Who Would Win: Cobra Kai vs. Miyagi-Do
A Real Analysis of Fictional Martial Arts
The Netflix Karate Kid reboot, Cobra Kai, debuted in 2018 and punched its way into our hearts through a perfect combination of 80’s nostalgia, corniness, and surprisingly relatable characters. Since then, about to enter the fourth season, two hot debates continue to rage:
- Is Karate an effective martial art?
- Which is better: Myagi-Do or Cobra Kai?
I’ll weigh in on both (mostly the second), arguing that one is unequivocally better than the other, and not just for the reasons you’re probably thinking.
Let’s get some stuff out of the way
About the author
I am a tech writer and martial arts enthusiast. I trained Shotokan Karate from 2005–2009, receiving a Brown Belt before an injury and life circumstances intervened. I finished my Ph.D. in 2015 and began a career in software. In 2016 I discovered Muay Thai and have been doing it consistently since.
I’m basically a nerd who overanalyzes combat sports and has binged Cobra Kai several times. I piss away time following internet martial artists like Shane Fazen, Sensei Seth, and Jesse Enkamp. I’m by no means a good athlete and have never even had a real fight. But I have thought way too much about this — and this is a stupid thing to argue about anyway so who cares?
What do we mean by “better”?
Predominately, the evaluations here will refer to the efficacy of the art in a real-ish combat scenario. By real-ish, I mean any unarmed, one-on-one, non-point-based standup combat situation. This could range from controlled sparing to a street fight. Other secondary factors are considered as well, for example, fitness level and character development. Grappling is not considered at all (and yes I realize BJJ is super effective so don’t spam the comments).
Is Karate an effective martial art?
This question has been debated over and over so I will not bore into it. The consensus seems the answer is “yes — but”. As in, yes it is effective, but it needs to be adapted to modern situations. For instance, Lyoto Machida — the canonical example of karate efficacy — has developed his own style to adapt to modern sports combat.
Furthermore, the effectiveness of karate styles has been ranked by popular internet karateka like Sensei Seth. Interestingly and despite an inherent bias, they do not regard it as especially effective.
Anyway, if you clicked on this then you’re probably less interested in how effective Karate is, but rather which is better — Myagi-Do or Cobra Kai?
Miyagi-do is a fictional karate style emphasizing defense, restraint, mindfulness, and other motifs taken from traditional Okinawan karate. It focuses on repetitive technique and isolation training, for example, the famous wax-on/wax-off block. The ethos of Miyagi-do is that karate is a way of life and that fighting should be avoided at all costs.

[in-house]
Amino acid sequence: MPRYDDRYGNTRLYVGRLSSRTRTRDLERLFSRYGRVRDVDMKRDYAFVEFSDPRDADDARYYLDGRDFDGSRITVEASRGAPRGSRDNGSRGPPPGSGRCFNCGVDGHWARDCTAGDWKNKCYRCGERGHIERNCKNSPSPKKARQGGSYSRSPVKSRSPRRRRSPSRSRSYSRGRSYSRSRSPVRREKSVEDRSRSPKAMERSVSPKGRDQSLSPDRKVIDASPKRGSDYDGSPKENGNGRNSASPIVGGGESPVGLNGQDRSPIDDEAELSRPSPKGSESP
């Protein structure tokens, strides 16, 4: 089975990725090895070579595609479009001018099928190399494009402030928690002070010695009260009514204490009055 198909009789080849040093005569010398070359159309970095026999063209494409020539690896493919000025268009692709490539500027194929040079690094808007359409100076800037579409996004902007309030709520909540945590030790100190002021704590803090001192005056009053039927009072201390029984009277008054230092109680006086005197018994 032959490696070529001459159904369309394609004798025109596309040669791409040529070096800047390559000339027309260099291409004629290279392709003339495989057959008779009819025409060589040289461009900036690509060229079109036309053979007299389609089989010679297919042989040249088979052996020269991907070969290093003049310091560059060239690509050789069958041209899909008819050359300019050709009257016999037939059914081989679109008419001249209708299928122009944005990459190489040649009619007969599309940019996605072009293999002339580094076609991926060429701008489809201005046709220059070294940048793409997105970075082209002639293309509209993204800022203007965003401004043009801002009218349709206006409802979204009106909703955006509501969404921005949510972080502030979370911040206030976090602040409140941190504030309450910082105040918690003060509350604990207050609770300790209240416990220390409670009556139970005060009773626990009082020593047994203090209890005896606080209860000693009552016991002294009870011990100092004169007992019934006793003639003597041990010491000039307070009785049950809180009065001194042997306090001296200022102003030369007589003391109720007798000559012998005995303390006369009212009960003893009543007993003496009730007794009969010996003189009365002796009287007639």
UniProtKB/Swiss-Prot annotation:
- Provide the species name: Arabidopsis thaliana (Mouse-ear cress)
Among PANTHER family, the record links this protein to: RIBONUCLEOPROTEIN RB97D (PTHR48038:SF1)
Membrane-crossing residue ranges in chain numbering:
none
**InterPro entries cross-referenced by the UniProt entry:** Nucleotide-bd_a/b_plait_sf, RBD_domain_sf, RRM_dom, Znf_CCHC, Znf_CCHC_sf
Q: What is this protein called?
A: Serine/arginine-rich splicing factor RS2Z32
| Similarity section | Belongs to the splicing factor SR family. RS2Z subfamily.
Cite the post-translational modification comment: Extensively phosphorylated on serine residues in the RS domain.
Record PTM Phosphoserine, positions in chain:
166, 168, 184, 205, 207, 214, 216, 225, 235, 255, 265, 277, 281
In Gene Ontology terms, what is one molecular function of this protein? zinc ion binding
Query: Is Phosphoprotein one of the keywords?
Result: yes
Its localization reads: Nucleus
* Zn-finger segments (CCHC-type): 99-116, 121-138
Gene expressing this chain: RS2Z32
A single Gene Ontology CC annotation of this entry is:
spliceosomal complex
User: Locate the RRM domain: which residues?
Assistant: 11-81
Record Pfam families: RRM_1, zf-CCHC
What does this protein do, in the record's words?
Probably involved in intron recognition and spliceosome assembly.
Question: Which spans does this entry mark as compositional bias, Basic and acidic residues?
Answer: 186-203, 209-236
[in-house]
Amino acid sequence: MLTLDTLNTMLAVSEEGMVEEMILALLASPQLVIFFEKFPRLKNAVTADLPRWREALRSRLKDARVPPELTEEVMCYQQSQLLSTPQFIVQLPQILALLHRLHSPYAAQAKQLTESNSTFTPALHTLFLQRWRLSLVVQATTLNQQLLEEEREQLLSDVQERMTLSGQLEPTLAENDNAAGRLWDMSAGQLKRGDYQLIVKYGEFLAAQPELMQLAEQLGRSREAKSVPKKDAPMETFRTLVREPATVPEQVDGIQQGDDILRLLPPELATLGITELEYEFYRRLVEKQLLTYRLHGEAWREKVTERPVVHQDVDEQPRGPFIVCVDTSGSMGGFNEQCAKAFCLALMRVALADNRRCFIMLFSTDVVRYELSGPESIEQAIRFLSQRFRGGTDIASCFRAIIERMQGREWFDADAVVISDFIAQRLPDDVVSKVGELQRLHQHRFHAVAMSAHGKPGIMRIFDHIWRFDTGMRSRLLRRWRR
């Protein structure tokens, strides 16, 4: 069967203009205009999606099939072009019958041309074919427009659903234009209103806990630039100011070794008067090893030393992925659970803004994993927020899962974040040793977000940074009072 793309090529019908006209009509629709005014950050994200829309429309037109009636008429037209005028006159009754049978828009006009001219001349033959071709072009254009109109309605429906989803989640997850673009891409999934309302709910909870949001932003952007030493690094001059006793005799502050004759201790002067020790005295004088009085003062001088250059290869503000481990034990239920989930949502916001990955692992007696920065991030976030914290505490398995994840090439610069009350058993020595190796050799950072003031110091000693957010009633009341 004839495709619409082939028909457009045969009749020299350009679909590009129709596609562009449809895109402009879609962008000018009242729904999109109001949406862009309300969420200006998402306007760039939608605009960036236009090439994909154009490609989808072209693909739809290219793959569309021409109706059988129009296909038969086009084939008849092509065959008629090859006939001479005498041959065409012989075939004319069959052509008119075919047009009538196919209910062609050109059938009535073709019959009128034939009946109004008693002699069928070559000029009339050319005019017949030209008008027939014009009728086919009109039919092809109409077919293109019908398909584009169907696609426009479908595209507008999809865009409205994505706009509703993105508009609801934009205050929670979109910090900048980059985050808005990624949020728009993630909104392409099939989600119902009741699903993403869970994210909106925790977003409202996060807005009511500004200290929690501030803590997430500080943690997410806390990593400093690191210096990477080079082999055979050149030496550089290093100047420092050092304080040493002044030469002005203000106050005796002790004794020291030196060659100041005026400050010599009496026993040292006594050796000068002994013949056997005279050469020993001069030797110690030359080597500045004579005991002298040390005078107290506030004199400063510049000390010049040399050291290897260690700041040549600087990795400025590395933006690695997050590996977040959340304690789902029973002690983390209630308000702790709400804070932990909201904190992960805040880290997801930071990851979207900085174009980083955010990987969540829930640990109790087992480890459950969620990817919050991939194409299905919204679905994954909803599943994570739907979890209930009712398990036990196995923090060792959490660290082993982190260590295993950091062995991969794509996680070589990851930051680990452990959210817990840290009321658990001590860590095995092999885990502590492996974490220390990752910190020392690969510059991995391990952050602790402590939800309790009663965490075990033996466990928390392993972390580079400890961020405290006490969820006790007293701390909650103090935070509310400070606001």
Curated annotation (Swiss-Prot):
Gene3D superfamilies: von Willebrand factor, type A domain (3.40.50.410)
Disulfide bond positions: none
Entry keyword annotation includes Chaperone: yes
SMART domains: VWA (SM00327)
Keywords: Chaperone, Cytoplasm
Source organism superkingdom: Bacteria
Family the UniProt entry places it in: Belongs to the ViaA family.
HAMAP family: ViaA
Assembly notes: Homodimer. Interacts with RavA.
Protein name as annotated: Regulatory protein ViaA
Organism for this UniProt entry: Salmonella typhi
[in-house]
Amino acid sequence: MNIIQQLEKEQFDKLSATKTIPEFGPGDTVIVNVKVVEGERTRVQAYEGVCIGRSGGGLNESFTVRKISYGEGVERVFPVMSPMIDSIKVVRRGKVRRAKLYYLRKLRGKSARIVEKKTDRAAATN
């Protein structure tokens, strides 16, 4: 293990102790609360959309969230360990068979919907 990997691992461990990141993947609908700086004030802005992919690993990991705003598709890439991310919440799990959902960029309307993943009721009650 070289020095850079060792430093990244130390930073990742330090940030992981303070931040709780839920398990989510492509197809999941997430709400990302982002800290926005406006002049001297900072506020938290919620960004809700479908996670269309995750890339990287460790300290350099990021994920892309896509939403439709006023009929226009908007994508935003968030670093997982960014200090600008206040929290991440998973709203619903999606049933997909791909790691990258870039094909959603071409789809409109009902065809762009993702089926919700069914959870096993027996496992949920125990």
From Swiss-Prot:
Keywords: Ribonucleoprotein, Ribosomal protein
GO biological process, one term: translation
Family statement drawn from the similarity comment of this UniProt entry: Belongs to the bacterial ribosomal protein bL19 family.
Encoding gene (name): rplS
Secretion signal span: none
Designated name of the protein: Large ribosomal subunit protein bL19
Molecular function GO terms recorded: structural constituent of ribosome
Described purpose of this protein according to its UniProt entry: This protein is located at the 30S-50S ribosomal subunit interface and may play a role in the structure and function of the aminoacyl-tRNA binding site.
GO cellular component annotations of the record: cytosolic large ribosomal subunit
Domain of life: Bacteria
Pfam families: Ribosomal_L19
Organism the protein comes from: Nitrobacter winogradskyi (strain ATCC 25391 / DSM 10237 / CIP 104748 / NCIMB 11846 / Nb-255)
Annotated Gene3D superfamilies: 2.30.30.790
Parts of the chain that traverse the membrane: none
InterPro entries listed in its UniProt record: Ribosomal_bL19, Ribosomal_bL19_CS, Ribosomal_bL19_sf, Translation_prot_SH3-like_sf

Cobra Kai, in opposition to Miyagi-Do, emphasizes offense, toughness, and mercilessness. It more resembles a form of sport karate, although training for real-world scenarios is emphasized, similar perhaps to Krav Maga but with an emphasis on attacking to an almost pathological extent.
Ok — let’s compare.
The portrayal of technique and training methods is the most salient contrast between the styles and is the basis for some of the most iconic shots in the series. Myagi-do emphasizes indirect movements to build muscle memory. For instance, Daniel spends hours painting a fence and waxing a car to develop inherent blocking skills. After the basics, advanced/exotic techniques like the crane kicks are introduced and revered. Cobra Kai on the other hand focuses on fundamentals. They throw basic punches and kicks in almost every scene; however, in tournaments will breakout round kicks and other pizazz.
The sad truth is indirect training methods like wax-on/wax-off are ineffective. If the goal is to become a strong puncher, it’s more beneficial to throw 1000 punches than to wax a car for an hour. If this weren’t the case, then why the cliche of the fed-up protagonist suddenly realizing he had been training the whole time! Give me a break.
Winner: Cobra Kai
PS: Has anyone else ever noticed the contradiction between “board no hit back” and “wax-on/wax-off”? How is car waxing more legit than breaking boards?
The greatest strength of Miyagi-Do is its capacity for character development. Just consider this, IMO the greatest scene in the entire trilogy.
Clearly, Cobra Kai builds assholes and Miyagi-Do builds angles. Eyeroll.
Winner: Miyagi Do
However, my opinion is that this does not translate at all to real life. Check out the article’s conclusion for a juicy rant.
Fitness / Toughness